Ed Murray, Mayor
6/23/2014 2:15:00 PM
SPU Customer Service (206) 684-3000
Comprehensive commercial recycling takes effect July 1
Recyclable glass, aluminum, tin and plastic banned from commercial garbage
SEATTLE — Starting next week, Seattle businesses will be a little bit greener.
That’s because new city recycling regulations take effect July 1, prohibiting recyclable glass, aluminum, tin and plastic from commercial garbage.
“Keeping glass, aluminum, tin, and plastic recyclables out of the garbage in the commercial sector will not only increase commercial sector recycling by at least one percent by 2019 but should also re-energize the recycling conversation in the city,” said Seattle City Councilmember Jean Godden.
In 2013, the Seattle City Council passed legislation to ban glass, aluminum, tin, and plastic recyclables in the waste stream. Prior to the legislation's adoption, the commercial sector was only proscribed from disposing of paper, cardboard and yard waste in the garbage.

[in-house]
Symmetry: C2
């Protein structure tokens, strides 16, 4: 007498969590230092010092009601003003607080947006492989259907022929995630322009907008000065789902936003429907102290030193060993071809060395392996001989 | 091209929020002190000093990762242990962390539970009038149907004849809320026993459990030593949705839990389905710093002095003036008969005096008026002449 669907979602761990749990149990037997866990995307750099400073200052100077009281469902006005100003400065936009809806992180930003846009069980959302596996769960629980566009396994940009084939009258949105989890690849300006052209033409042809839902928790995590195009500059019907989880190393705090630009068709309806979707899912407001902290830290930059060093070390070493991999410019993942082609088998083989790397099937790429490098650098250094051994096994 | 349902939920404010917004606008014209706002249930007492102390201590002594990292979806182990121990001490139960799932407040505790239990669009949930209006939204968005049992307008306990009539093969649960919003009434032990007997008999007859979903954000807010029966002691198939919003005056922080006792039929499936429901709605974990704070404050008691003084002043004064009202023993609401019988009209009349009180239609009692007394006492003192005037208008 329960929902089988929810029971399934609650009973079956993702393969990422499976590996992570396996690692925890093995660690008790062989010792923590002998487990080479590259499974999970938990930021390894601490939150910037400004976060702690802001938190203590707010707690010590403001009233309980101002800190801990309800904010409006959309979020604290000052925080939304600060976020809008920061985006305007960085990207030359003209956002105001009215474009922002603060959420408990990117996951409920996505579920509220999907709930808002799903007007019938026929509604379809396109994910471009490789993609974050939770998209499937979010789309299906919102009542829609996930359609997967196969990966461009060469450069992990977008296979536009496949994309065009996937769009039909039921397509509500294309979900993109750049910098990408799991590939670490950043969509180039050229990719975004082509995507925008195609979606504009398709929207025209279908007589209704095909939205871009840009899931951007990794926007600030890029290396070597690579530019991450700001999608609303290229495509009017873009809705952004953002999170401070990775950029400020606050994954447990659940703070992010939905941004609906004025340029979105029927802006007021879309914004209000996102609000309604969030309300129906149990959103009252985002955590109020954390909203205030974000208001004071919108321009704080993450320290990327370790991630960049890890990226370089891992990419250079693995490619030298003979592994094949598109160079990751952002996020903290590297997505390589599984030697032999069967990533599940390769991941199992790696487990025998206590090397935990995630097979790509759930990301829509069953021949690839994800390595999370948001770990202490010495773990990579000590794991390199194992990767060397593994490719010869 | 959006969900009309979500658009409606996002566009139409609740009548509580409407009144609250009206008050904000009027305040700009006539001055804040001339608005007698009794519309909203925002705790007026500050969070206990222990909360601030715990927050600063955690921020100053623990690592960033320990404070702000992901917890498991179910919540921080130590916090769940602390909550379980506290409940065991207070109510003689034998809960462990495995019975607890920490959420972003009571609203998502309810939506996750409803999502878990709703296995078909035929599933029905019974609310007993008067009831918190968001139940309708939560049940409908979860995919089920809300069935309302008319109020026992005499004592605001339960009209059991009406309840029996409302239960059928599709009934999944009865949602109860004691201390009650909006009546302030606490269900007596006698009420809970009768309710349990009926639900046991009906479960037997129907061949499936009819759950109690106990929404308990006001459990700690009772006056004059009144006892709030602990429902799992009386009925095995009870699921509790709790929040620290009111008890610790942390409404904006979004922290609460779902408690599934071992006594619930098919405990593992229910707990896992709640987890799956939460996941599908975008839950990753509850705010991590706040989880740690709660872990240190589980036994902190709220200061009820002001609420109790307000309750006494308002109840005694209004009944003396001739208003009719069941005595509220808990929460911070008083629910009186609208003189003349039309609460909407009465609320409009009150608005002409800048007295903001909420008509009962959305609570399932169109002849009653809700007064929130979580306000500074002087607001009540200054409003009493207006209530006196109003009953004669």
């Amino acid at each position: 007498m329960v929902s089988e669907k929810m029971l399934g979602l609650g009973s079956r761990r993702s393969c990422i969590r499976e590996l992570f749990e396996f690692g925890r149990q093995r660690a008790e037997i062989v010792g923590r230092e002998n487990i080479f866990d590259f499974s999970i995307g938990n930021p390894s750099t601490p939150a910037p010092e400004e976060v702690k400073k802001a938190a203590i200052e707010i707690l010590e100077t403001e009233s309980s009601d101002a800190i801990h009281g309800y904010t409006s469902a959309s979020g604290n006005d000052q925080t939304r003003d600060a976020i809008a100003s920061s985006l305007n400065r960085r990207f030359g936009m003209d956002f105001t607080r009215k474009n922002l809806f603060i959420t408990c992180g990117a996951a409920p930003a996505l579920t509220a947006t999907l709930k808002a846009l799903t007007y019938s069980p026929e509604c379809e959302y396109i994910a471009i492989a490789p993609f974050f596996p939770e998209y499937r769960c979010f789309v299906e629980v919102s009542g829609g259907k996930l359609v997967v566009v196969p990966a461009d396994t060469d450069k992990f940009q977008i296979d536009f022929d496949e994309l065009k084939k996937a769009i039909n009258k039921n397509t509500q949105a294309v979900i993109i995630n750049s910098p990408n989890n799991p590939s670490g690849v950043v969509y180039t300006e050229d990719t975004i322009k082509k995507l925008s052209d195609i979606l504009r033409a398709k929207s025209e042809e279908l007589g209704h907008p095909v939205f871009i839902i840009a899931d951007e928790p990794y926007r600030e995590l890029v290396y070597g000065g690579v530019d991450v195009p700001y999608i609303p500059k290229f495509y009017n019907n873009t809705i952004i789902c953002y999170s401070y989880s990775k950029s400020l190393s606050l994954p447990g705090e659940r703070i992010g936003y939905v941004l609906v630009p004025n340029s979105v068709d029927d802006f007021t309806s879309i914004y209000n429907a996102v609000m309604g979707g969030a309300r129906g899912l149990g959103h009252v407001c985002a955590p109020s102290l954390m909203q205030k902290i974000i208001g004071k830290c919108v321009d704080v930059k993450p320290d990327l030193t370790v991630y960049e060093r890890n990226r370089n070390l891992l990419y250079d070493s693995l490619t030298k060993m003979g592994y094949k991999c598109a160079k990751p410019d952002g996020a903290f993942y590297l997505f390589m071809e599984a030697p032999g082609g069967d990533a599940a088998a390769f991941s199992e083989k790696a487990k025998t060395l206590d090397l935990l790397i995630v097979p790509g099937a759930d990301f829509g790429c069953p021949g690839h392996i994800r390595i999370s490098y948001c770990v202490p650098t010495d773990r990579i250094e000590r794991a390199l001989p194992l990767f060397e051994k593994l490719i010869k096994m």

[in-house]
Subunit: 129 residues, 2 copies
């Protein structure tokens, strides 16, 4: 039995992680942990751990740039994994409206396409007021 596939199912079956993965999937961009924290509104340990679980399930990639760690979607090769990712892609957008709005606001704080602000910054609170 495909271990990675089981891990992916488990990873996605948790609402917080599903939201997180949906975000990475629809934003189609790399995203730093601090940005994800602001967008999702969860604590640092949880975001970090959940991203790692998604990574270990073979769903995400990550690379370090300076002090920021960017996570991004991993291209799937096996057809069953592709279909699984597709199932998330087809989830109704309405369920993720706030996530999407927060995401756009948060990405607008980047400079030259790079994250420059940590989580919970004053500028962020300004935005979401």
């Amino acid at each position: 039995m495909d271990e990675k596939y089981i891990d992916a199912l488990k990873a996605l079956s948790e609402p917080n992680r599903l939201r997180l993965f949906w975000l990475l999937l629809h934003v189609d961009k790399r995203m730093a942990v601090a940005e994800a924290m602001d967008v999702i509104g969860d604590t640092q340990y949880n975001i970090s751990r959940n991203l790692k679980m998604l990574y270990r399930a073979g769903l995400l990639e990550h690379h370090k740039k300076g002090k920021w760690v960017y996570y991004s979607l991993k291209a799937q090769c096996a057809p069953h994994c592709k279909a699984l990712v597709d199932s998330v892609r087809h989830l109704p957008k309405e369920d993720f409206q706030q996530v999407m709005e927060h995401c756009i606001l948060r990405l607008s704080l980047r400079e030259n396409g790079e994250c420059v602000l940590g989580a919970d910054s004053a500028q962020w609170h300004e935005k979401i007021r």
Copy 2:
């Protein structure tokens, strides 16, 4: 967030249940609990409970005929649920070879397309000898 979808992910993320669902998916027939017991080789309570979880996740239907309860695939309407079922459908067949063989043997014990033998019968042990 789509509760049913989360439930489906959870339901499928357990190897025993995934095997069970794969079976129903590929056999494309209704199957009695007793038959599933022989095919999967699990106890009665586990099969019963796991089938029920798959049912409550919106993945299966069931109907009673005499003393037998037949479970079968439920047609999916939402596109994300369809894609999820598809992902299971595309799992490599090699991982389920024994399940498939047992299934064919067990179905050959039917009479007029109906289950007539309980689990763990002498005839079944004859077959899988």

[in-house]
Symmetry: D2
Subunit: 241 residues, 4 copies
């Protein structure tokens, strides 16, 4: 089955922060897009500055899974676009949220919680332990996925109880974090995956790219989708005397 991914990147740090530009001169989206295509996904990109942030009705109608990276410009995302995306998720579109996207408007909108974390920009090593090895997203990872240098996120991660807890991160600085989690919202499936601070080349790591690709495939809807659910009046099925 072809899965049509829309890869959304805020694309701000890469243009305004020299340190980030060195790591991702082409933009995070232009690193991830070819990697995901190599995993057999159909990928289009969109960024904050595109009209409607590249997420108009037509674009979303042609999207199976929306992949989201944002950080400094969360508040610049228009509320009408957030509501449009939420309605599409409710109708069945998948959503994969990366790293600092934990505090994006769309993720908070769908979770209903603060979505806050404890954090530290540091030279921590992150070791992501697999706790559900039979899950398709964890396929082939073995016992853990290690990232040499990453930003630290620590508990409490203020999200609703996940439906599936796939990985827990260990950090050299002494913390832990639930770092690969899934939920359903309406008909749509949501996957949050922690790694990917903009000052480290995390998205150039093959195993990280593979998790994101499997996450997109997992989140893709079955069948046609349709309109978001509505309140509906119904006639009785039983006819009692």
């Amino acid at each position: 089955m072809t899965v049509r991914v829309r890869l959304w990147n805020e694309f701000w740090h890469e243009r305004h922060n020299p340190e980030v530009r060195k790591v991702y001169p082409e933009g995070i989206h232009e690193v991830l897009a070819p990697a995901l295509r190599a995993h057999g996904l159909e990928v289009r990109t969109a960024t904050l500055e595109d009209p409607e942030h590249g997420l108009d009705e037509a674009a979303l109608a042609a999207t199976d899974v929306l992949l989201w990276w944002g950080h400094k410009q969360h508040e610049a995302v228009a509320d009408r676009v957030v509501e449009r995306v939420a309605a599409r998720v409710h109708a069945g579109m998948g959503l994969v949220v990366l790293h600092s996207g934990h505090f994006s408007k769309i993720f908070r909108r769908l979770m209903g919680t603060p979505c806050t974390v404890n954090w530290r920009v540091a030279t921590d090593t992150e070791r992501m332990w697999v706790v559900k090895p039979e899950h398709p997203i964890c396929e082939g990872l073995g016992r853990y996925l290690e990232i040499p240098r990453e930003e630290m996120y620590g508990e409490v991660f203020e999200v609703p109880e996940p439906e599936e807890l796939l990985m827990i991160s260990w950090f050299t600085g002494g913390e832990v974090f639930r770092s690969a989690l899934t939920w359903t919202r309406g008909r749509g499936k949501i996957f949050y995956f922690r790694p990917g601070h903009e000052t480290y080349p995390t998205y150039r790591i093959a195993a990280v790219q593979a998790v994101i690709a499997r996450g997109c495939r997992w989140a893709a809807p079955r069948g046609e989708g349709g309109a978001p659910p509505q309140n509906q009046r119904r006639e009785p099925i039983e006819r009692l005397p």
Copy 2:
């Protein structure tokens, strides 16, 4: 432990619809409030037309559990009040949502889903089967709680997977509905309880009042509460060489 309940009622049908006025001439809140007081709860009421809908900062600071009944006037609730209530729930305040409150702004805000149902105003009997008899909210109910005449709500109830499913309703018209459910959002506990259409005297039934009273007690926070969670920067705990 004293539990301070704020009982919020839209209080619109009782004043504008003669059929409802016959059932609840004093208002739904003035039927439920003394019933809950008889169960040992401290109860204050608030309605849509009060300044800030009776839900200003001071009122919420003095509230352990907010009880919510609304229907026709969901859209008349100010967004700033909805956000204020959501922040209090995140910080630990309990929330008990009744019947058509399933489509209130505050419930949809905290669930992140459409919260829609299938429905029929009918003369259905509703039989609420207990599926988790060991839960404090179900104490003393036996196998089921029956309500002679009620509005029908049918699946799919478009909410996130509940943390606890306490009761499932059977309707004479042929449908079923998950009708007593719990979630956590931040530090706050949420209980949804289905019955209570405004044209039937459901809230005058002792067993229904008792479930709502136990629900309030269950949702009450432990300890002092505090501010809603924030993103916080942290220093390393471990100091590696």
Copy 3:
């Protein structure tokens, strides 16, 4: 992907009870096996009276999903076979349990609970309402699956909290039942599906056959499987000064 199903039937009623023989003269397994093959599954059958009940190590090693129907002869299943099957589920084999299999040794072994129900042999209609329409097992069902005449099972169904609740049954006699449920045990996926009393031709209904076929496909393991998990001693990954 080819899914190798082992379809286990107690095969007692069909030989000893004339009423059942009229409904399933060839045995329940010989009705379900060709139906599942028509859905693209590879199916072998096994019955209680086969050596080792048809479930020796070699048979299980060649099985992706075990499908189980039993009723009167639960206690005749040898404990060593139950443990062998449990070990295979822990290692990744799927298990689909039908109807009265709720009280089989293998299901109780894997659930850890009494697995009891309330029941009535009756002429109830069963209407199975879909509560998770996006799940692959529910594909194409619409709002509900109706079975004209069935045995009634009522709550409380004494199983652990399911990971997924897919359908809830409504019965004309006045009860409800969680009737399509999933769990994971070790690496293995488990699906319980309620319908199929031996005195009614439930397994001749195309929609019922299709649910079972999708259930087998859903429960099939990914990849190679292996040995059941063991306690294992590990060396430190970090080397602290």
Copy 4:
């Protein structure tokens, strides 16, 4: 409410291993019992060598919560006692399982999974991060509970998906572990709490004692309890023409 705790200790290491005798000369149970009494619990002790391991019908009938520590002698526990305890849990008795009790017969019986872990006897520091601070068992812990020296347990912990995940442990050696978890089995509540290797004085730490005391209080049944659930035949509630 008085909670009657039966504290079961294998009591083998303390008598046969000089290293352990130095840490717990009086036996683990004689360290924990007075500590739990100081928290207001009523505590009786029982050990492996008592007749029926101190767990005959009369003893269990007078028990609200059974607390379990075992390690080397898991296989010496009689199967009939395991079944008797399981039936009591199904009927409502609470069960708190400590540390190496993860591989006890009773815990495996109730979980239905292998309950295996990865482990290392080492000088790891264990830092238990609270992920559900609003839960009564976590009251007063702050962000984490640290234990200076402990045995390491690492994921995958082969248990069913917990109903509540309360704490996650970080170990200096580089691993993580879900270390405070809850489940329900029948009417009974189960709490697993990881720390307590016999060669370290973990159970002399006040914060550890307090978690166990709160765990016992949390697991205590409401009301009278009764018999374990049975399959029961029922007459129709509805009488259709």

“Seattle’s expanded commercial recycling program will prevent upwards of 200 shipping containers from heading to the landfill per year,” said Seattle Public Utilities Solid Waste Director Tim Croll. “Requiring commercial recycling combined with education and outreach will help businesses meet their recycling goals and their bottom lines.”
“Taco Time and many other Seattle businesses already recycle and compost cups, bottles and other containers. By prohibiting these items from the garbage, this law helps our staff and customers understand that they can recycle the same things at our restaurant that they do at home,” said Wes Benson, Taco Time Franchise Affairs and Sustainability Manager.
For the first 12 months of the program, City of Seattle inspectors will emphasize education to ensure compliance with the new recycling regulations. Beginning in July 2015, businesses that are found to have repeatedly placed significant amounts of recyclables in their garbage may receive $50 fines.
The City of Seattle’s goal is to recycle or compost 60 percent of its solid waste by 2015. Currently, the city recycles 55.7 percent of its waste.
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